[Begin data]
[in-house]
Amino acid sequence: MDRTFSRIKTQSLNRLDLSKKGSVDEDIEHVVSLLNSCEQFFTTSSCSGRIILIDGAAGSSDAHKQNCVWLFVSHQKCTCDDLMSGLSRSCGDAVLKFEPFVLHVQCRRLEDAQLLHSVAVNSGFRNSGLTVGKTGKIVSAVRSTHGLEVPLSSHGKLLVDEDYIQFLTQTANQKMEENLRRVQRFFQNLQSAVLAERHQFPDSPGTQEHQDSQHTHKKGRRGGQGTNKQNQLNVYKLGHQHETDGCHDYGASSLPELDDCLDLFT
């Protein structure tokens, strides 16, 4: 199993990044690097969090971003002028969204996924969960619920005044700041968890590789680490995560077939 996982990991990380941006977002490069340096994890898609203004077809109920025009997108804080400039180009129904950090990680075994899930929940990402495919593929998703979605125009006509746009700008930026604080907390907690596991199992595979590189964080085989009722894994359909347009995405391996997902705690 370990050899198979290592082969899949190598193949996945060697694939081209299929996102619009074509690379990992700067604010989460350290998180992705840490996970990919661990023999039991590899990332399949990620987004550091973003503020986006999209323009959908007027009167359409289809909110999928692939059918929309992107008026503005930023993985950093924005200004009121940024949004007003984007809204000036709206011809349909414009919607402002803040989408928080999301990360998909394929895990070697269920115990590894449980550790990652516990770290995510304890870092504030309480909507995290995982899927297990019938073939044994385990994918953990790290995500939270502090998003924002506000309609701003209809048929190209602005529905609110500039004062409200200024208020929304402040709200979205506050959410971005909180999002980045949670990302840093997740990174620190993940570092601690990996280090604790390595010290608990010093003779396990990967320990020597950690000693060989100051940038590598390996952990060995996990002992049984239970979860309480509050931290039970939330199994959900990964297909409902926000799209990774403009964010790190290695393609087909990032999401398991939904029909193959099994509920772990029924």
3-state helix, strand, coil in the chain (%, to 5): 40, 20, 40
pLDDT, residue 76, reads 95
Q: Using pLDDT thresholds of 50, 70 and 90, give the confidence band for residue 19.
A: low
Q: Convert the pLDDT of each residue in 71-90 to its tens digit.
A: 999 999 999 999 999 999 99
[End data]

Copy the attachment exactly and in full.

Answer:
[in-house]
Amino acid sequence: MDRTFSRIKTQSLNRLDLSKKGSVDEDIEHVVSLLNSCEQFFTTSSCSGRIILIDGAAGSSDAHKQNCVWLFVSHQKCTCDDLMSGLSRSCGDAVLKFEPFVLHVQCRRLEDAQLLHSVAVNSGFRNSGLTVGKTGKIVSAVRSTHGLEVPLSSHGKLLVDEDYIQFLTQTANQKMEENLRRVQRFFQNLQSAVLAERHQFPDSPGTQEHQDSQHTHKKGRRGGQGTNKQNQLNVYKLGHQHETDGCHDYGASSLPELDDCLDLFT
């Protein structure tokens, strides 16, 4: 199993990044690097969090971003002028969204996924969960619920005044700041968890590789680490995560077939 996982990991990380941006977002490069340096994890898609203004077809109920025009997108804080400039180009129904950090990680075994899930929940990402495919593929998703979605125009006509746009700008930026604080907390907690596991199992595979590189964080085989009722894994359909347009995405391996997902705690 370990050899198979290592082969899949190598193949996945060697694939081209299929996102619009074509690379990992700067604010989460350290998180992705840490996970990919661990023999039991590899990332399949990620987004550091973003503020986006999209323009959908007027009167359409289809909110999928692939059918929309992107008026503005930023993985950093924005200004009121940024949004007003984007809204000036709206011809349909414009919607402002803040989408928080999301990360998909394929895990070697269920115990590894449980550790990652516990770290995510304890870092504030309480909507995290995982899927297990019938073939044994385990994918953990790290995500939270502090998003924002506000309609701003209809048929190209602005529905609110500039004062409200200024208020929304402040709200979205506050959410971005909180999002980045949670990302840093997740990174620190993940570092601690990996280090604790390595010290608990010093003779396990990967320990020597950690000693060989100051940038590598390996952990060995996990002992049984239970979860309480509050931290039970939330199994959900990964297909409902926000799209990774403009964010790190290695393609087909990032999401398991939904029909193959099994509920772990029924």
3-state helix, strand, coil in the chain (%, to 5): 40, 20, 40
pLDDT, residue 76, reads 95
Q: Using pLDDT thresholds of 50, 70 and 90, give the confidence band for residue 19.
A: low
Q: Convert the pLDDT of each residue in 71-90 to its tens digit.
A: 999 999 999 999 999 999 99